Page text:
So Long Cubicles, Hello Workplace Flexibility

Think about your daily office routine. You slowly drag yourself into the office, grab a coffee, and head to your 75 SF cubicle inspired and ready to take on the day. There are certain tasks done throughout the day that are based on the layout of a permanent environment. While working in your 75 SF cubical, you may have your own “personal” space, but how does that effect your workplace flexibility and personal happiness? What if redefining your work environment contributed to your well-being, your productivity, or your company as a whole? Would you make daily choices to work in different areas of your office based on the task? A look into the thought process behind the end user has pushed designers to rethink office design on all levels. We are no longer providing a sea of cubicles. Too much of one thing never ends well anyways. It is a holistic approach between the designer, stakeholders, and end user to create a balance within the company’s culture and built environment.

The office setting has been redefined by user choices and mobility within the interior floor plan, an opportunity to freely move around and create your ideal work environment. The end of the permanent layout no longer defined by rows of fabric paneled partitioned walls and name plaques is a growing trend that allows for more flexibility, this concept can be in the form of furniture, space planning, or even the company’s culture.

Modular furniture is an example of flexibility that can adapt and move to give the user countless combinations to change their workspace. The user could decide to base the layout of furniture on a specific task, technology, personal learning style, or privacy needs. Even though the user may choose a different location to work at tomorrow, the flexibility to make choices gives the user a sense of personalization. Unassigned workspaces encourages the user to bring only what they need to complete the task, reducing volume of items within the shared space. If the user would need to collaborate the furniture could configure into a collaborative layout for informal meeting.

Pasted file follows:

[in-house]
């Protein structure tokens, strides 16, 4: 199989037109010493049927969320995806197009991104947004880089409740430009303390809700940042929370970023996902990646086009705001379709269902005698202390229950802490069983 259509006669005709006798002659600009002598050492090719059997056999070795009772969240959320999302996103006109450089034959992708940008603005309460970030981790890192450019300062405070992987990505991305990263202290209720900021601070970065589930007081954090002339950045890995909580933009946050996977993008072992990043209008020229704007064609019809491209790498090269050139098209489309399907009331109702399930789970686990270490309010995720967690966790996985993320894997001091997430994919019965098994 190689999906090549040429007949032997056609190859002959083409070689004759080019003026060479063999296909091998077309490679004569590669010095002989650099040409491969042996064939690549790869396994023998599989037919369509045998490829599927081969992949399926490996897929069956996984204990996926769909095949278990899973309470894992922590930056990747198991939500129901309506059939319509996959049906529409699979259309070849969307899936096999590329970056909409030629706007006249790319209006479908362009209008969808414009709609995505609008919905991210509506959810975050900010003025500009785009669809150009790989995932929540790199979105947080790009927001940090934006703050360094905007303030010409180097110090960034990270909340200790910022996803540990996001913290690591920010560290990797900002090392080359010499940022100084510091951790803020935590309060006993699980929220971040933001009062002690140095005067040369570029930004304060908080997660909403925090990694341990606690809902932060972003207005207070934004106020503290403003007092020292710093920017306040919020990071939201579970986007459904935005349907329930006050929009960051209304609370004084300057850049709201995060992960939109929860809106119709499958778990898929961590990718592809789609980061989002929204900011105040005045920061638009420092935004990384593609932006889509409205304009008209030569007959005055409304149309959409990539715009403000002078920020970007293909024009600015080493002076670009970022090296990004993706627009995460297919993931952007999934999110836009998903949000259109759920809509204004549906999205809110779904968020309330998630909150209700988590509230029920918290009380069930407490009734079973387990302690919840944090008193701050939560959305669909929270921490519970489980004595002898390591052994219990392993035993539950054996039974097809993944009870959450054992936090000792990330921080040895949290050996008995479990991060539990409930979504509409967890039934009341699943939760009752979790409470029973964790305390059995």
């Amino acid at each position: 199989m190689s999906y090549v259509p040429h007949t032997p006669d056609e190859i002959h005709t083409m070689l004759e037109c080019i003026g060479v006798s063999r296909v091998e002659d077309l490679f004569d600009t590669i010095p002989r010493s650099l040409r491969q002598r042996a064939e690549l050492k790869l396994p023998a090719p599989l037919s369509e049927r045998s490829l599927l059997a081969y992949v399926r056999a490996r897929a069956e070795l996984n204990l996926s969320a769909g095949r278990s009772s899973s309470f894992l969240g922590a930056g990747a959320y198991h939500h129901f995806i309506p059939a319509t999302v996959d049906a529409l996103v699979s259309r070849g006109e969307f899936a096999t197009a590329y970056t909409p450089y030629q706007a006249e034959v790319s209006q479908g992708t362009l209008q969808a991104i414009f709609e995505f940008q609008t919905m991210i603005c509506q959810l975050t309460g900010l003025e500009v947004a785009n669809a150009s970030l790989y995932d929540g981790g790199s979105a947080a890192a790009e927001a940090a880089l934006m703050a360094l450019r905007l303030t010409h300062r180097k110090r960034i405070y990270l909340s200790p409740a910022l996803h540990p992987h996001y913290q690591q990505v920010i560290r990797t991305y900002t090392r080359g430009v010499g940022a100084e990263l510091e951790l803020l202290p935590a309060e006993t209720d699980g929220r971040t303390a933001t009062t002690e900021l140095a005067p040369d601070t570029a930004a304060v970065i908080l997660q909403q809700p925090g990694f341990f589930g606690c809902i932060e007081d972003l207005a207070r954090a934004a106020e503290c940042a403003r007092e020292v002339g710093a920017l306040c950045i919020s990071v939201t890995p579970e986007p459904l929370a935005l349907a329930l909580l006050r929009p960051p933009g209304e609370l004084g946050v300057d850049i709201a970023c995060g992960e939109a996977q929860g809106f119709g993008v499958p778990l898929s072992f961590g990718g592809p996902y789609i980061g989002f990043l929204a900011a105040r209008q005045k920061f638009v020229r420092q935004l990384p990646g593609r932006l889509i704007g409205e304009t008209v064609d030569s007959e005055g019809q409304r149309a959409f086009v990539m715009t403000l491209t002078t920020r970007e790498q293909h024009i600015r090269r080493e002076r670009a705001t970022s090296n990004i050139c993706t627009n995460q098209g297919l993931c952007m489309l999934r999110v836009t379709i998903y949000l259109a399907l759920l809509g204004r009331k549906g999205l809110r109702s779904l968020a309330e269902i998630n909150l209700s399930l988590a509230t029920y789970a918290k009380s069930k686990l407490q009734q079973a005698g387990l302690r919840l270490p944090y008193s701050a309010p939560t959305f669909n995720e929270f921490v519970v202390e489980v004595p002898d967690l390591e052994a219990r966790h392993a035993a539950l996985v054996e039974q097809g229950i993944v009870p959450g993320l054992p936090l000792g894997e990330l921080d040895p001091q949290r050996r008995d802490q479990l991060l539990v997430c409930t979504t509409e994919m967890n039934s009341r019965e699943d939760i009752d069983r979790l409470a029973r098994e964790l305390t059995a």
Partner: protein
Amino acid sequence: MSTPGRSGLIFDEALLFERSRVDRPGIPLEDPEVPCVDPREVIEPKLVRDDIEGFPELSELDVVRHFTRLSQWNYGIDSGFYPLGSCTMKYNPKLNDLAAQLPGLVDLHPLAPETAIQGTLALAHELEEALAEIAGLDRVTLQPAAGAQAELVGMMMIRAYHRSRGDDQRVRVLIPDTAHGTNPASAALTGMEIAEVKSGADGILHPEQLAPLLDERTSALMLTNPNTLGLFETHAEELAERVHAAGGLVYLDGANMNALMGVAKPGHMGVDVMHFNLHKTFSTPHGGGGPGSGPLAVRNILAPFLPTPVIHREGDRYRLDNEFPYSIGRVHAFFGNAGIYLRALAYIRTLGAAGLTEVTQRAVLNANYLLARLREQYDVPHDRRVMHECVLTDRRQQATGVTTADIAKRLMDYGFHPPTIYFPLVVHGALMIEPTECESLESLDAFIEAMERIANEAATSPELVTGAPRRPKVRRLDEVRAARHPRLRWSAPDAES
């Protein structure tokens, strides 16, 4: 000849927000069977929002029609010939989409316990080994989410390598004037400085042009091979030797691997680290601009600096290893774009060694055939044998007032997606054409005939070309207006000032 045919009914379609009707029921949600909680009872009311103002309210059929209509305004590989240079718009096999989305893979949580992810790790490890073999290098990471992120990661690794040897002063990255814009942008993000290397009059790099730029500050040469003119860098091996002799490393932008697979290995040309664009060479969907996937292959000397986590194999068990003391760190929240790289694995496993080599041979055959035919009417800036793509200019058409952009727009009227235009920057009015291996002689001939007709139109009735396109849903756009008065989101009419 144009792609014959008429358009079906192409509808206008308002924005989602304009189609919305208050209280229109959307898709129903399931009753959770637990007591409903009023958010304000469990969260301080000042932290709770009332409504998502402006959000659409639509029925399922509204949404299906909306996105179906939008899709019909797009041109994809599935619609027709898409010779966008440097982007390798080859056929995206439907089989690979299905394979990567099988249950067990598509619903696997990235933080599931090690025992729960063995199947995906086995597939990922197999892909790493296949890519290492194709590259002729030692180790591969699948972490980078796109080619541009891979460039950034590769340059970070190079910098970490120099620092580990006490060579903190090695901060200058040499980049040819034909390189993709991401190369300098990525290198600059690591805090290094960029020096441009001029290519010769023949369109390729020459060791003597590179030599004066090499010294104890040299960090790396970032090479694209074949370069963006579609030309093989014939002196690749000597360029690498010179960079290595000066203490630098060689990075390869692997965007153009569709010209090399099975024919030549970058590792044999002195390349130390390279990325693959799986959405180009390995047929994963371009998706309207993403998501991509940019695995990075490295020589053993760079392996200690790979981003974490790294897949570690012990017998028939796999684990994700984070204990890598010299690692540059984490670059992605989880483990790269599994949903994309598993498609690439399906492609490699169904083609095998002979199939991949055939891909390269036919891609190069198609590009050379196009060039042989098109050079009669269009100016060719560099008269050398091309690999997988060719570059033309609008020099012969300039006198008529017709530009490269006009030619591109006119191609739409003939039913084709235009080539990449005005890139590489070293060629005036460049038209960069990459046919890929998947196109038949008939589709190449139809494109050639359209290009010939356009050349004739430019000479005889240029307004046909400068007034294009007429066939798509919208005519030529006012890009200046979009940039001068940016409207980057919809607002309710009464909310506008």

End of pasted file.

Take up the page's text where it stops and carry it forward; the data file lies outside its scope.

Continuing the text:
Beyond an individual workspace, it is key to provide multipurpose workspaces that are conveniently dispersed throughout the plan. Multipurpose spaces can be utilized for a variety of work solutions such as multimedia presentations to impromptu breakout areas, creating a more resilient workplace for the user. Grouping these spaces near individual workspaces allows for users to quickly transitions between different modes of work to support task needs and encourage collaboration.

For companies looking to move toward this concept, strategic goals must leverage an investment that engages the user of the office space to understand how flexibility can best be achieved based on type of task and productivity levels. It is key for management to signal and encourage their employees to move throughout the space and form a culture of workplace flexibility. Allowing the user to create their ideal work environment increases employee satisfaction that contributes to overall company and sense of belonging for the user.

– Shelby Weber, SEED, Allied ASID

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About the author: Shelby was named as one of the “Who’s Who Among Students in American Universities and Colleges” in 2013 and 2014 during her time at La Roche College. She is currently on the board for NEWH Hospitality organization and is SEED certified in public interest design.  Her project portfolio includes many areas of interior design, including multifamily housing, corporate, hospitality, and single family homes.